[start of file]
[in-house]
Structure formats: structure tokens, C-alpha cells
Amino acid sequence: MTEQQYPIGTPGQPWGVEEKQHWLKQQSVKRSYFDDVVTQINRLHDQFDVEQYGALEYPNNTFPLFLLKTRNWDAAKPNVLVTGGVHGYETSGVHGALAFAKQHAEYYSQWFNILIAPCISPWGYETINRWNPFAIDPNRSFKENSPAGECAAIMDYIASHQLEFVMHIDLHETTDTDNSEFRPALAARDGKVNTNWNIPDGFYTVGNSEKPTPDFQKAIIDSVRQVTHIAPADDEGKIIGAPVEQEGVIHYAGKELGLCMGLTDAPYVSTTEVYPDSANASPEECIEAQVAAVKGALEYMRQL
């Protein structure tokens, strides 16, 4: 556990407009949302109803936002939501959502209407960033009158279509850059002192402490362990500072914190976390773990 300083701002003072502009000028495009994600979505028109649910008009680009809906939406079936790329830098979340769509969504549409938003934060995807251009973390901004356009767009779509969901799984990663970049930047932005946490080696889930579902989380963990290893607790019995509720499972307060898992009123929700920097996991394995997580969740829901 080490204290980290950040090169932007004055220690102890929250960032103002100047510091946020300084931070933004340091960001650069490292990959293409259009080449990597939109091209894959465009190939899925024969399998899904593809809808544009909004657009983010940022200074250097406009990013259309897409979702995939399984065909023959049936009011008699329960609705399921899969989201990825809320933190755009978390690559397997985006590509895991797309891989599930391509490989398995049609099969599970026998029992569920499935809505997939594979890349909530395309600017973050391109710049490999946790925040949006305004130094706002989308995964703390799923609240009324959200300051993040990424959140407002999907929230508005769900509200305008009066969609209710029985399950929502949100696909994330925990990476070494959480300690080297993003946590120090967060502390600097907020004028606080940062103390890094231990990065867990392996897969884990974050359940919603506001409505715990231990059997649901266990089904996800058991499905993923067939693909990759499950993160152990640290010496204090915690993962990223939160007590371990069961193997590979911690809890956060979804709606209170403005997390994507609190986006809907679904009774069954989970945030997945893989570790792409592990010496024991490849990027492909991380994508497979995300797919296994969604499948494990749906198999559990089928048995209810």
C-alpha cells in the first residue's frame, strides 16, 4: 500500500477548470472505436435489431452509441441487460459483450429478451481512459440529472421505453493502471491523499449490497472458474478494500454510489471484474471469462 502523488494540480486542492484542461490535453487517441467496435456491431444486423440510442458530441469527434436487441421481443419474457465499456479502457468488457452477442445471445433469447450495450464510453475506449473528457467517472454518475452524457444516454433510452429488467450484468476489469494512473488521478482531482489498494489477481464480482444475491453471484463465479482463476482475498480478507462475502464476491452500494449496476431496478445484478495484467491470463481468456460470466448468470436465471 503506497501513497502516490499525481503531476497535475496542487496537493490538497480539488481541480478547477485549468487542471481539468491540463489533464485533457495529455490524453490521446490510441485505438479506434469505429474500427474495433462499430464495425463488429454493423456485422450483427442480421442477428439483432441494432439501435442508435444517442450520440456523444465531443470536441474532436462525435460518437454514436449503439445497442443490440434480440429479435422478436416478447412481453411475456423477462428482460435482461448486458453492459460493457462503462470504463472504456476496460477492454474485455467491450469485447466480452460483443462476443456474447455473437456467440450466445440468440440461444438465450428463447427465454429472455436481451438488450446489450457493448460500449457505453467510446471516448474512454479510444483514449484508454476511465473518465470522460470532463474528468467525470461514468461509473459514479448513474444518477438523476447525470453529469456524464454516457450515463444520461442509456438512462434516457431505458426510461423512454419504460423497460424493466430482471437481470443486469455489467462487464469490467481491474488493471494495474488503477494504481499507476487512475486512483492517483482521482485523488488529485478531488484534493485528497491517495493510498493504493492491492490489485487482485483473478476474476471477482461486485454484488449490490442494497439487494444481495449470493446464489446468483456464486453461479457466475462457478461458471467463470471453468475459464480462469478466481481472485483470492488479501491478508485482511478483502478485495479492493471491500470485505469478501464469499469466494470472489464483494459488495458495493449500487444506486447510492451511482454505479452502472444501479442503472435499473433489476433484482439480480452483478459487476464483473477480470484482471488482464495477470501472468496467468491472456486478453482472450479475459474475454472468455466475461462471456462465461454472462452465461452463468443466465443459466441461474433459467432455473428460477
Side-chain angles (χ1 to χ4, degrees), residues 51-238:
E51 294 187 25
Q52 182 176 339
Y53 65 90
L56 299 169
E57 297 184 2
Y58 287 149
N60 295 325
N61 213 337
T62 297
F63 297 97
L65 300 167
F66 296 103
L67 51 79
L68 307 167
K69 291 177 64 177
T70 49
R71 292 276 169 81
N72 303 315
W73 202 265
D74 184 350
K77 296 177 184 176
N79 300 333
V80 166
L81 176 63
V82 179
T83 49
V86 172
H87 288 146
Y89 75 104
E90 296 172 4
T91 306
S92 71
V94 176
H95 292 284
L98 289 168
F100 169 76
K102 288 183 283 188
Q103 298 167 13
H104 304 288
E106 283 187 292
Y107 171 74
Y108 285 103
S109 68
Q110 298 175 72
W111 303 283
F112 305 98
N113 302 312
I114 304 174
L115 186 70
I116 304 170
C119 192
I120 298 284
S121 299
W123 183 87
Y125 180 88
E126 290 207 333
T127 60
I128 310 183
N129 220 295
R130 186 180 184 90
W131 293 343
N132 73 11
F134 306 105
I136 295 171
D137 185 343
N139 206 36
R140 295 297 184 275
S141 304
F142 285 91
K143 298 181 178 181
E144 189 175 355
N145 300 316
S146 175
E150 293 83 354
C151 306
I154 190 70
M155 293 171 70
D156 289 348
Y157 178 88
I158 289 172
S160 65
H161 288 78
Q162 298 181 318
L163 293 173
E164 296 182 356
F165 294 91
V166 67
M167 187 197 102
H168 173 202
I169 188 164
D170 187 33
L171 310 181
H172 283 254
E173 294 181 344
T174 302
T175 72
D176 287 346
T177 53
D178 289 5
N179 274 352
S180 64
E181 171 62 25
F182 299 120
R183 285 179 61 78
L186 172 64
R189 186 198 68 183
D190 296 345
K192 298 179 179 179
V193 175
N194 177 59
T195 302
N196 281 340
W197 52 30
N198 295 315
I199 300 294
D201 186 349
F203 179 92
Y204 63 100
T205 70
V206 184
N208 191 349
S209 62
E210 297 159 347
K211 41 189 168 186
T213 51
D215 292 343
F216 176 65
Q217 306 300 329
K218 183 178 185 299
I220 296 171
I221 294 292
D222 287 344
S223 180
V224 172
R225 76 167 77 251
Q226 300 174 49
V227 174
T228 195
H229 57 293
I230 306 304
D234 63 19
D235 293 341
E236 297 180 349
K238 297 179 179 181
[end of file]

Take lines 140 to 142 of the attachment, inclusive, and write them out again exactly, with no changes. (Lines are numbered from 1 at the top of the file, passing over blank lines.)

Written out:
V224 172
R225 76 167 77 251
Q226 300 174 49